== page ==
Pregnant women are encouraged to stay fit and active during pregnancy to help reduce the risk to themselves and their unborn children. But 35-year-old weightlifter, Lea-Ann Ellison, has sparked a huge online debate after sharing photographs of herself lifting heavy weights just two weeks before giving birth.
The Los Angeles mom-to-be can be seen hoisting kettle balls and barbells above her head. With the photos, she gave the statement, “I strongly believe that pregnancy is not an illness, but a time to relish in your body’s capabilities to kick a*s.”
Within just hours of the CrossFit regime follower’s post, more than 500 shares had taken place. Within less than five days, nearly 17,000 shares had been counted. That has resulted in some vehemently opposed comments regarding her fitness routine, which is described as a ‘strength and conditioning program [adopted by many organizations, including] military special operations units, champion martial artists and professional athletes worldwide.’
User Amanda Cinq-Mars wrote: “This is actually sickening. I hope pregnant [women] around the world do not do this kind of crap…I am a crossfit enthusiast but I DO NOT recommend this at all. Doctors always strongly suggest to not lift heavy because you can sever your placenta and cause major damage and early labor and miscarriage…Posting this picture [gives] people the wrong message that it is OKAY when it’s not!!!”
Another user, Stephanie Herrera wrote: “Sure you look and sound cool, but we’re only human…why would you risk hurting your baby just to stay in shape?…That’s the stupidest thing I’ve ever heard. It’s not time to kick a*s. It’s time to be protective of your unborn child.”
But not everyone has lashed out at the expectant Lea-Ann. In fact, she’s had some pretty strong supporters on her Facebook page.
“Safe? Absolutely! A fit mama makes for a better pregnancy and delivery for both mama and baby!” user Jennifer Mosier Weaver said.
“I think that we should all be more concerned about a mum who eats McDonalds everyday of her pregnancy and doesn’t exercise one bit,” Charles Bailey, another user wrote.
Lea-Ann spoke out during the debate and thanked all those that had shown support.
“I want to thank everyone for their kind and supportive responses! Haters will hate and it’s ok,” she wrote. “My life is not their life, thank goodness! Lol! Again, thank you! It means so much to feel this much love from a community that I adore.”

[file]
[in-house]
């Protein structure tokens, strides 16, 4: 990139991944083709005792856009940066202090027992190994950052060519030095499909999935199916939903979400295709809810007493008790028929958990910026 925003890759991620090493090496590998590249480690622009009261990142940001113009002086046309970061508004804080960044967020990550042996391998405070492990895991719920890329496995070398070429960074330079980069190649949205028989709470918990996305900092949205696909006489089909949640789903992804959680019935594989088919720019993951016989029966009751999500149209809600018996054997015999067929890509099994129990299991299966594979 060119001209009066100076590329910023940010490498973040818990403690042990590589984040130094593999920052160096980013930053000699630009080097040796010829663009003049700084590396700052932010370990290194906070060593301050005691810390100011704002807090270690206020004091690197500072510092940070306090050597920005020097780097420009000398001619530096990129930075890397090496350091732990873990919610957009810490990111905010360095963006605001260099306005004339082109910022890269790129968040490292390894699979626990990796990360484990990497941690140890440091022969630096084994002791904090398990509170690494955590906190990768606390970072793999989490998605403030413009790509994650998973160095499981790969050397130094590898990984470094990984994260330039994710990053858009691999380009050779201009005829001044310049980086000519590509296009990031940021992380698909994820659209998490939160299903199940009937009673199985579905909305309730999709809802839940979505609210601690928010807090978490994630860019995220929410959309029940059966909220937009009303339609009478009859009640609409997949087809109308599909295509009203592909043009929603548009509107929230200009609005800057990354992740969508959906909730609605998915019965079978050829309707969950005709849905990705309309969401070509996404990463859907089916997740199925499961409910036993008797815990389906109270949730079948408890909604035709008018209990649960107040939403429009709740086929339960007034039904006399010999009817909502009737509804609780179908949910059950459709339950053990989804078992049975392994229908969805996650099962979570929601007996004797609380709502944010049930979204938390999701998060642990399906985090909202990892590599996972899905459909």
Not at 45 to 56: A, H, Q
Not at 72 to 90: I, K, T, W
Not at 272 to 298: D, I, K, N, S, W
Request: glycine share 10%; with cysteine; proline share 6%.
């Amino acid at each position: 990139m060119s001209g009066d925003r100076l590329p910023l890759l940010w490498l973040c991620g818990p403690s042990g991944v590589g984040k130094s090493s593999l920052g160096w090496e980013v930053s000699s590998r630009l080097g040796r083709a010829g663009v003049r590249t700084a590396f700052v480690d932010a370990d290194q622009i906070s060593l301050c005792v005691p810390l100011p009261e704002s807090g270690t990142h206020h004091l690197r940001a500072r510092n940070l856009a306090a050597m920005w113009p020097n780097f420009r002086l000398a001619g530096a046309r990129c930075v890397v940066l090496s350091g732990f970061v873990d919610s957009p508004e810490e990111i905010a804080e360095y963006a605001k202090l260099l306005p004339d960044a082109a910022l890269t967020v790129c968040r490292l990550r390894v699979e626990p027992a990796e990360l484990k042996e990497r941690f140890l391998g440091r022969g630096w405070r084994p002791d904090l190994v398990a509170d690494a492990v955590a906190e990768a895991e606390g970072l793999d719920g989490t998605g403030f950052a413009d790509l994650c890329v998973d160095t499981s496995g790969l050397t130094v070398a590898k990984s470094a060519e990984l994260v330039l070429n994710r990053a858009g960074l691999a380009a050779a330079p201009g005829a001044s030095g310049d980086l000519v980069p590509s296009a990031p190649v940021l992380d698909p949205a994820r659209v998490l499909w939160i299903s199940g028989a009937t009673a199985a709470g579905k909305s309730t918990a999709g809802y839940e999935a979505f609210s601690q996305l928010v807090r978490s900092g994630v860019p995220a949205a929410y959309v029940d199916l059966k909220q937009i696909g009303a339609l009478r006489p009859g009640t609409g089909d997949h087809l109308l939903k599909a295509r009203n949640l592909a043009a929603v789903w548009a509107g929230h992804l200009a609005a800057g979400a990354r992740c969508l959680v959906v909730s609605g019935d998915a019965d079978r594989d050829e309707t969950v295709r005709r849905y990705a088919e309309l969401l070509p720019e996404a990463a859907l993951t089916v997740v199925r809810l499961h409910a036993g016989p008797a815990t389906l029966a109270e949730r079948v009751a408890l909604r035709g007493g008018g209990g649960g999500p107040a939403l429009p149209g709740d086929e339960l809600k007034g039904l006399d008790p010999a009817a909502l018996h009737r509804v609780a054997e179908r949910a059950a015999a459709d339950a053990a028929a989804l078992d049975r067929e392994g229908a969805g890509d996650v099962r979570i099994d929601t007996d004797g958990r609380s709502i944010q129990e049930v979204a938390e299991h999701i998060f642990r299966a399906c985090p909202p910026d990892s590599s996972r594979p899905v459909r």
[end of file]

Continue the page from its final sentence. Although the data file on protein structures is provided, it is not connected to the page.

The pictures and the heated debate that has taken place since the posting of the pictures poses the age-old question: Just how much exercise during pregnancy is safe?
The NHS guidelines state that a mother should stay “active and fit” during pregnancy since it helps with maintaining a healthy level of weight gain, labor and getting back into shape after birth. Furthermore, the guidelines add that you should “keep up your normal daily physical activity or exercise for as long as you feel comfortable.”
While speaking with us today, Dr. Adam Ofer, Director of Gynecology at Norwalk Hospital applauded Lea-Ann for her fitness regime.
“I actually praise Lea-Ann for remaining active during her pregnancy. She is reducing her child’s future risks of developing obesity, diabetes and heart disease. Although I do not know Lea-Ann’s medical history, assuming that she is otherwise healthy, exercise is safe and extremely beneficial to both the mother and the unborn child.”
In regards to the safety her routine, or weightlifting during pregnancy in general, Dr. Ofer said:
“You do have to be a little more careful not to hurt yourself when exercising or lifting heavy things during pregnancy. This is because of increased laxity of your joints and a shift in your center of gravity. However, when you know what you are doing and have good exercise form, there are no exercise limitations during pregnancy. The only sports we recommend against are ones that pose the danger of direct abdominal trauma (no tackle football during pregnancy!)…That said, please consult with your obstetrician to be sure you and your pregnancy are fit for your exercise program.”
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